Republican presidential candidates Donald Trump and Sen. Ted Cruz listen to the national anthem before the start of the Republican presidential-primary debate at the University of Miami in Coral Gables, Fla., on March 10, 2016.  
Joe Raedle/Getty Images

The Republican Party has largely been tone-deaf to the changing electorate, adopting a hands-off approach to the increasingly heated rhetoric we have heard from the party’s presidential front-runner. It’s no coincidence that Donald Trump’s divisive, race-baiting campaign has vaulted him to the top of the Republican primary field. The Republican Party has a long history of using wedge issues—from race to gender equality—to divide our nation.

Everything we have seen from the GOP field this election year directly contradicts the findings of its Growth and Opportunity Project, a so-called autopsy examining how the Republican Party should engage and broaden its appeal among women, people of color, aspiring Americans and the lesbian, gay, bisexual and transgender community. As we mark the third anniversary of the autopsy, it’s become increasingly clear that the Republican Party never bothered to read its own report and that its findings have been buried alongside any hope the party once had of broadening its reach.


The autopsy noted that “many minorities wrongly think that Republicans do not like them or want them in the country.” I take offense at the suggestion that we are wrong in feeling this way.

Trump denounced Mexican immigrants as “rapists” and accused them of bringing drugs and crime into our country during his campaign kickoff in June 2015. His rhetoric has only grown more vicious, giving rise to protests like those we saw in Chicago. Nor did we fail to notice that Trump was slow to distance himself from white supremacist groups that endorsed him, and that he promised to pay legal expenses of supporters who assaulted protesters.

Sen. Ted Cruz of Texas, who would like to paint himself as Trump’s only viable challenger for the Republican nomination, is hardly any different. In 2013 Cruz bragged to a crowd at the conservative Heritage Foundation that the first political donation he ever made was to Sen. Jesse Helms of North Carolina and exclaimed that “we need a hundred more like Jesse Helms in the U.S. Senate.” Helms was known for his staunch opposition to civil rights legislation, pledging to make Carol Moseley Braun, the first African-American woman elected to the Senate, cry by singing “Dixie.”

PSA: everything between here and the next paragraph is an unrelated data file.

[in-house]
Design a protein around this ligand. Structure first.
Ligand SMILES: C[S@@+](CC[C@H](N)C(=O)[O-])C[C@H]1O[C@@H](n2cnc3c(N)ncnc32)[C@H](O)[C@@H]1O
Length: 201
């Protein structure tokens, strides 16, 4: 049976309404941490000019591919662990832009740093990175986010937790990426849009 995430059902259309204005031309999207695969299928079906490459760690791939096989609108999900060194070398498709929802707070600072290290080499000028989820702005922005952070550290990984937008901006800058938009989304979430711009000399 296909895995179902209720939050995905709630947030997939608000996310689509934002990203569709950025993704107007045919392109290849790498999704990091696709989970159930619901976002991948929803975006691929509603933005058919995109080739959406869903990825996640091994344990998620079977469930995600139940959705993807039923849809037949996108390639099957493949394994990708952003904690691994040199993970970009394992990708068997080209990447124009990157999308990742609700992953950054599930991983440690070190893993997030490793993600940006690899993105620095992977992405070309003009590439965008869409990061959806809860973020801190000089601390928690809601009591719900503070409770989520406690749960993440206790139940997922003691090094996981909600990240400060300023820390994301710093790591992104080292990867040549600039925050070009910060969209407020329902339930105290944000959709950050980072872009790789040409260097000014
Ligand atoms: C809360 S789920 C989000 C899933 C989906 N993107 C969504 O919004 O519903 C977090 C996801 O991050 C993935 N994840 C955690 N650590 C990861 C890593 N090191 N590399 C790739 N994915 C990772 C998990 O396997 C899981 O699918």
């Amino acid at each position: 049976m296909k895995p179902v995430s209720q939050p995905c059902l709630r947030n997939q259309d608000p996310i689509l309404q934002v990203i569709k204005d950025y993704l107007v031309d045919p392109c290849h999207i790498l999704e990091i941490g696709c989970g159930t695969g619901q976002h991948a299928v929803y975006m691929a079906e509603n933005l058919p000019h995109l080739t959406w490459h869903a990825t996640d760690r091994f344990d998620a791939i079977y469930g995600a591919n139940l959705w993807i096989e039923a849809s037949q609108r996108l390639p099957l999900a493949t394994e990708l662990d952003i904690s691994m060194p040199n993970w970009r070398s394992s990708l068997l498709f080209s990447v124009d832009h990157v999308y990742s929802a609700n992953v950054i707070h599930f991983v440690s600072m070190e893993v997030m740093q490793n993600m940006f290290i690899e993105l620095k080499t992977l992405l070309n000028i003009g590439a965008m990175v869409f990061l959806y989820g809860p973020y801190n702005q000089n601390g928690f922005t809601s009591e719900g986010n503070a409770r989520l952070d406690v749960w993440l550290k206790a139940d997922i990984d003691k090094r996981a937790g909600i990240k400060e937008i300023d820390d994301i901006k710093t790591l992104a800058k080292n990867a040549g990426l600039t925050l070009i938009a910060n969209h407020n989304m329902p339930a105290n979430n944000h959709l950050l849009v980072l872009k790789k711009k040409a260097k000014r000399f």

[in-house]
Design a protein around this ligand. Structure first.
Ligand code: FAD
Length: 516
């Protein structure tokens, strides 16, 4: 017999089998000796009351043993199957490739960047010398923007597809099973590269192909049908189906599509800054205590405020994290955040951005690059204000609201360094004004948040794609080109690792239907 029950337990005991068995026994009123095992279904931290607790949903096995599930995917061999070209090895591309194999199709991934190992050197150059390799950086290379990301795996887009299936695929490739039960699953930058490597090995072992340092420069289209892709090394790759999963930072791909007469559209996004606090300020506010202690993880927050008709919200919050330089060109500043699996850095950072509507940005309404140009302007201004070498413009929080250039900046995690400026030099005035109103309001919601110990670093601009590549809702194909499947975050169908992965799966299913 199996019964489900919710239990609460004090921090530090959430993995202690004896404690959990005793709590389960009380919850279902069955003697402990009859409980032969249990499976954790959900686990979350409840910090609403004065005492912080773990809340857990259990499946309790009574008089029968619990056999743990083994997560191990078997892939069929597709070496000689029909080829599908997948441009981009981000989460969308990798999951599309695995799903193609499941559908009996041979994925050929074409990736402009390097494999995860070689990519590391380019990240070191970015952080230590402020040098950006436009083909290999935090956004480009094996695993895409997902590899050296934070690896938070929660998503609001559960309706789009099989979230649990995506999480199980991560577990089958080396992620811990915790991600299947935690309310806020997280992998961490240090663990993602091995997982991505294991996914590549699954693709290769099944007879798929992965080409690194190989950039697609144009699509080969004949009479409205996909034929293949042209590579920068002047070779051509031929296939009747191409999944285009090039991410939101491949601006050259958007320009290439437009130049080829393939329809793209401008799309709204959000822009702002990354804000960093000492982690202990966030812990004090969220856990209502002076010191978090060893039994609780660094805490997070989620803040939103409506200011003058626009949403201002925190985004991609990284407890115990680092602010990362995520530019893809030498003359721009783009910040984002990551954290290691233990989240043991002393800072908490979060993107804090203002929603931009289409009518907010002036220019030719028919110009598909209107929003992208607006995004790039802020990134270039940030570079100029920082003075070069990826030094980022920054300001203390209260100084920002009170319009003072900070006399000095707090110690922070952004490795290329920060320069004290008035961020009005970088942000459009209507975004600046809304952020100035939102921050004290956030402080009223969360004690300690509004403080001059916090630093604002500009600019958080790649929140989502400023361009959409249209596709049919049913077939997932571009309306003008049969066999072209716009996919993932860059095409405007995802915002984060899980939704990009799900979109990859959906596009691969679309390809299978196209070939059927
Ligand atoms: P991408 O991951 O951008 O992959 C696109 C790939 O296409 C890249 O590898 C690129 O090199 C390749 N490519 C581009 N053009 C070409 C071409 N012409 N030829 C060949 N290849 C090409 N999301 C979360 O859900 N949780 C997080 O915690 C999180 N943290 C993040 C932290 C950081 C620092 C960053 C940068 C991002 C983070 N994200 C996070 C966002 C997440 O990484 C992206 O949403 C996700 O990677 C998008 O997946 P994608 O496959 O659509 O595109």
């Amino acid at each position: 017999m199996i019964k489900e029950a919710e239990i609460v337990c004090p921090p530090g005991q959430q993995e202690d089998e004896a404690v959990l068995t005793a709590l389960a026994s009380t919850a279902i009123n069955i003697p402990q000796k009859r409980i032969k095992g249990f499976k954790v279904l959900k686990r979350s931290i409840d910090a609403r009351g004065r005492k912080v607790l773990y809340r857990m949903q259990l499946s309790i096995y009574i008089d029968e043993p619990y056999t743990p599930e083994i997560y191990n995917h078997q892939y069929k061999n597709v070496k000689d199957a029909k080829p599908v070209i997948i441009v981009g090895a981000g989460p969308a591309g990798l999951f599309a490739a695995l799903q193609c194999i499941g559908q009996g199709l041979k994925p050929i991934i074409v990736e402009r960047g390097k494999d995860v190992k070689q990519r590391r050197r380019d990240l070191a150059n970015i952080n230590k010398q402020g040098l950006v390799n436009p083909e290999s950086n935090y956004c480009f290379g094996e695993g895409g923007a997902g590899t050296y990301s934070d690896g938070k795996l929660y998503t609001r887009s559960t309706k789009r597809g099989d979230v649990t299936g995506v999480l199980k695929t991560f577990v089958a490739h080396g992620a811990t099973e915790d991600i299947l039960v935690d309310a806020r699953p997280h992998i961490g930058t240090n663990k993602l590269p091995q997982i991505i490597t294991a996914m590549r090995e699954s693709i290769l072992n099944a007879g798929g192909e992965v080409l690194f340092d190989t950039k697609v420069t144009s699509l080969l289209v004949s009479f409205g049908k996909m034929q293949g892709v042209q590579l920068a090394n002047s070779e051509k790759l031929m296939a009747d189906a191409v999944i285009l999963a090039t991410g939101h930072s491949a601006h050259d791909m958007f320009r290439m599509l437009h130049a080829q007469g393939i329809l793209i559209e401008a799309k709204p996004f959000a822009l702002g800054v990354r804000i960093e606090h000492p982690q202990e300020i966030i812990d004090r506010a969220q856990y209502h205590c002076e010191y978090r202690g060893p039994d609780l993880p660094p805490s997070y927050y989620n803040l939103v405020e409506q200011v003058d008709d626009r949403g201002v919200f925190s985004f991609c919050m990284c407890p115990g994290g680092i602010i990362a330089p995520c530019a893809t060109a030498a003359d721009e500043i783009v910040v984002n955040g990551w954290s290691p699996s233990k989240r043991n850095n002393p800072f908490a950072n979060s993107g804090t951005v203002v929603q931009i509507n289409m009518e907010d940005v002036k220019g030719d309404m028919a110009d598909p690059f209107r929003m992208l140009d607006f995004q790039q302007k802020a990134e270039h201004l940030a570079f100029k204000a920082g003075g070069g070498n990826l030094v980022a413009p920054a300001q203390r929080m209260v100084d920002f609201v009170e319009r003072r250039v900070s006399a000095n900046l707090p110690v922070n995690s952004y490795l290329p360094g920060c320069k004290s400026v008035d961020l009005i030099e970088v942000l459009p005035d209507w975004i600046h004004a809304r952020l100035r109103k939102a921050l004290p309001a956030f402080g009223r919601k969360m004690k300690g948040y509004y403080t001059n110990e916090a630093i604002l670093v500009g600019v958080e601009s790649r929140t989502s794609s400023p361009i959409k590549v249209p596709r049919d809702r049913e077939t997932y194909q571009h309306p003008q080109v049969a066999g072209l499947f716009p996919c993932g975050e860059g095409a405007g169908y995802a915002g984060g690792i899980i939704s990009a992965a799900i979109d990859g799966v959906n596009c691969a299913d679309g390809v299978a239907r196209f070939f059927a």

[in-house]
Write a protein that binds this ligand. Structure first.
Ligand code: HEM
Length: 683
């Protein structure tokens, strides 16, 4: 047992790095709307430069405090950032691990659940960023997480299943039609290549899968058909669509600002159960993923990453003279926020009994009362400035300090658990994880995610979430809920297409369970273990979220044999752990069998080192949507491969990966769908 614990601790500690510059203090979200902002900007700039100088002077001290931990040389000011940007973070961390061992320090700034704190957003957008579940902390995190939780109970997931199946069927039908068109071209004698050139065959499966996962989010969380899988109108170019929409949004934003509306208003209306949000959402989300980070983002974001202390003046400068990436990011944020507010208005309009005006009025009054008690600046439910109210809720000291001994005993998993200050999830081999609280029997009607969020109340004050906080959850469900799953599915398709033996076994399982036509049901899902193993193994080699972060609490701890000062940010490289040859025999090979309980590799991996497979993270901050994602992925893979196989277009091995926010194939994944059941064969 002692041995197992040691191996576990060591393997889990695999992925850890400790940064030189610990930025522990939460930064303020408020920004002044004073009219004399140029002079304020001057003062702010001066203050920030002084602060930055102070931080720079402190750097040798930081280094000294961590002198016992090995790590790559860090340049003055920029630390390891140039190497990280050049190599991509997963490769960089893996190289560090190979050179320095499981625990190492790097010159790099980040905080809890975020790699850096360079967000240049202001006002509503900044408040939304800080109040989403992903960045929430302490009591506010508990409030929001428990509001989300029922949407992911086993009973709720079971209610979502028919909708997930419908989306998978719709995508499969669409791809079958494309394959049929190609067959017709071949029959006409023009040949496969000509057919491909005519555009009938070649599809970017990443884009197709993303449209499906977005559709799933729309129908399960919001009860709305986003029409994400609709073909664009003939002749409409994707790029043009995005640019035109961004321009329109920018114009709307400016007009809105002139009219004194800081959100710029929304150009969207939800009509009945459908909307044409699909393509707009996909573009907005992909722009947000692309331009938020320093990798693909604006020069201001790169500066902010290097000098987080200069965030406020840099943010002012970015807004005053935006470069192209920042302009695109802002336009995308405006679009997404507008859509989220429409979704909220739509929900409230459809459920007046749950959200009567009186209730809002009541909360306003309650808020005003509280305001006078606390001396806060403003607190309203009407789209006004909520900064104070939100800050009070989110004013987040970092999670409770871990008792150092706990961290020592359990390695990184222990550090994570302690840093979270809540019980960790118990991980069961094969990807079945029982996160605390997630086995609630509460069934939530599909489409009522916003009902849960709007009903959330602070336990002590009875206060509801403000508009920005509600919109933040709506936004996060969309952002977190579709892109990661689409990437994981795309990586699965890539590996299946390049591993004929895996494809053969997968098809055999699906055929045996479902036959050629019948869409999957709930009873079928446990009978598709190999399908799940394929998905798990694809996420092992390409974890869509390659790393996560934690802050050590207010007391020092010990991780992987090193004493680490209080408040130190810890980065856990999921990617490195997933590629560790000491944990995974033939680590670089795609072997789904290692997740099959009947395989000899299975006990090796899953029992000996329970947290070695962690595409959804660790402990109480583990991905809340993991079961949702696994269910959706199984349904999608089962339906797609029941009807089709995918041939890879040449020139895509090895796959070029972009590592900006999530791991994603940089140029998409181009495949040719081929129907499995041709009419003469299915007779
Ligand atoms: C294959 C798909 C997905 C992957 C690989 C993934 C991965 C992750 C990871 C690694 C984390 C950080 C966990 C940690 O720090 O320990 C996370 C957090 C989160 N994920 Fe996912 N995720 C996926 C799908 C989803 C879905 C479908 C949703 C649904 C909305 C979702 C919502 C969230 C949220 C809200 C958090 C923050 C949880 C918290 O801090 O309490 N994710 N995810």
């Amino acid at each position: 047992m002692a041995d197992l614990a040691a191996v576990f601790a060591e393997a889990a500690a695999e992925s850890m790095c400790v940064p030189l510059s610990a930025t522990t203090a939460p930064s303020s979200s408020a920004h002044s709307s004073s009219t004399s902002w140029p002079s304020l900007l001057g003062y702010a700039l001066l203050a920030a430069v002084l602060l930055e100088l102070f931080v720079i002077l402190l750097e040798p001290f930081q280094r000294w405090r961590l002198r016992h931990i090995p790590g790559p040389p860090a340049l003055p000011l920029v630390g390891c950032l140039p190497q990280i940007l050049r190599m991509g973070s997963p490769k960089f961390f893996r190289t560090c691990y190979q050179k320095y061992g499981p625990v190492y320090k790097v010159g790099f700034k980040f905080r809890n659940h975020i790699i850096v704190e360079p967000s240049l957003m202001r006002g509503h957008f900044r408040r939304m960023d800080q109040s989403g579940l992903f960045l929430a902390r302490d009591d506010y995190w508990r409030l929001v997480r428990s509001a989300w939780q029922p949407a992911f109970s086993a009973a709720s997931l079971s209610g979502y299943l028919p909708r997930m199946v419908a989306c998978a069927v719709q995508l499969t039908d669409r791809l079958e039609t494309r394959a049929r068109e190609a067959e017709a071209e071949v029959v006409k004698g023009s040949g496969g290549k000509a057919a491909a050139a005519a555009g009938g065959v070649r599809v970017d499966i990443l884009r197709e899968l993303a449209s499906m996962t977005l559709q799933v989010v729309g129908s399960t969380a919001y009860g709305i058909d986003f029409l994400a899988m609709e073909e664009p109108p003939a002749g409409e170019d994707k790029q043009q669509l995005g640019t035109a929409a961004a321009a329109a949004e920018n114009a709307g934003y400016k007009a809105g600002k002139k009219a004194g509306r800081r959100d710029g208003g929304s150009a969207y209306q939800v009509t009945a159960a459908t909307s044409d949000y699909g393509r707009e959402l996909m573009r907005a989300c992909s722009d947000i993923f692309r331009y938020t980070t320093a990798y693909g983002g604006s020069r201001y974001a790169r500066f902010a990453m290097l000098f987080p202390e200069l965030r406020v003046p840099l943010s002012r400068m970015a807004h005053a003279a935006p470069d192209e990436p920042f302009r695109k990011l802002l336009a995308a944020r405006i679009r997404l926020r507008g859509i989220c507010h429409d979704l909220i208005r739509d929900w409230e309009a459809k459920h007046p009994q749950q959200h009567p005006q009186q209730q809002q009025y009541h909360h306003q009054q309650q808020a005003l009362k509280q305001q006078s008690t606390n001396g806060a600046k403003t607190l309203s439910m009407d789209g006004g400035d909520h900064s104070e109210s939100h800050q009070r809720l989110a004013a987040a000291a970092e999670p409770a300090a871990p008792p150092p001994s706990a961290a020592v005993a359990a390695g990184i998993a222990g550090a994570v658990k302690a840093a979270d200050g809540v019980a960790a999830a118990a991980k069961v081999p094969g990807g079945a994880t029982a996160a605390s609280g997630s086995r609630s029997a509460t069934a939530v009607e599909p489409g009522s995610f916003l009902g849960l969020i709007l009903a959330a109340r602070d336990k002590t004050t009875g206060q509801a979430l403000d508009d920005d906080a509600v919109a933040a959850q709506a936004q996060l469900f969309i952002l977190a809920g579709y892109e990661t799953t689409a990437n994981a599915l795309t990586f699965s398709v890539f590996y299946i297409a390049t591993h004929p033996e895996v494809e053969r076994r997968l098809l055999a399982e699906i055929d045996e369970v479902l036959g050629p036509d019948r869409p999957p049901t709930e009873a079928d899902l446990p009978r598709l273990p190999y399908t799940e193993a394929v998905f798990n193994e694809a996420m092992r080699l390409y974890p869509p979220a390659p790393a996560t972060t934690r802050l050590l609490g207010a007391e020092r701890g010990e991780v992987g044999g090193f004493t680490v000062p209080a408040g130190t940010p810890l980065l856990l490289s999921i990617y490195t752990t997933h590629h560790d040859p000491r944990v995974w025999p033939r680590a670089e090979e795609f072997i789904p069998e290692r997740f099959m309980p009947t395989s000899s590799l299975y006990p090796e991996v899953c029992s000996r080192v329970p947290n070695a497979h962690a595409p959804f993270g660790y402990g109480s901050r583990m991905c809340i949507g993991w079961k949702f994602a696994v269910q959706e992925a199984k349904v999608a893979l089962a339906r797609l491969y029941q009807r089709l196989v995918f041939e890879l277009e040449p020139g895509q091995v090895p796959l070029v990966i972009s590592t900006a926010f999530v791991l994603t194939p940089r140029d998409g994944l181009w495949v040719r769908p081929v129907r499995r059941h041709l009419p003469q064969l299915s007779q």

We’ve heard other dog whistles from the Republican presidential contenders. Former Florida Gov. Jeb Bush erroneously claimed that the Democratic Party owes its loyalty among black voters to “free stuff,” repeating a claim that Mitt Romney made after his 2012 loss to President Barack Obama. Florida Sen. Marco Rubio declared that the October Democratic debate was a competition to see who could “give away the most free stuff,” and Ohio Gov. John Kasich later made a similar claim at a New Hampshire town hall.


Meanwhile, the Republican Party refuses to acknowledge the dire economic realities in vulnerable communities like Flint, Mich. Flint is slowly recovering from a major public health crisis, a fact that was barely addressed at the Republican debate in Detroit. Flint looks like so many other cities across our nation and is grappling with the effects of Republican policies that prioritize tax cuts for the few at the very top at the expense of those who promote the public good.

The Republican Party was also content to let Detroit go bankrupt in 2013 and opposed President Obama’s plan to rescue the struggling American automotive industry. Make no mistake—their vision of a smaller government would reduce access to better educational opportunities for our children, roll back affordable health care for those who need it most and strip away critical environmental protections that safeguard our communities.


Republican Party leaders can write as many autopsies as they want to try to make sense of their failures and appeal to a more diverse constituency, but all the reports in the world won’t change the mind of a single voter if they don’t take their own advice. 

The Root aims to foster and advance conversations about issues relevant to the black Diaspora by presenting a variety of opinions from all perspectives, whether or not those opinions are shared by our editorial staff.


Virgie M. Rollins, a Detroit resident, is chair of the Democratic National Committee Black Caucus.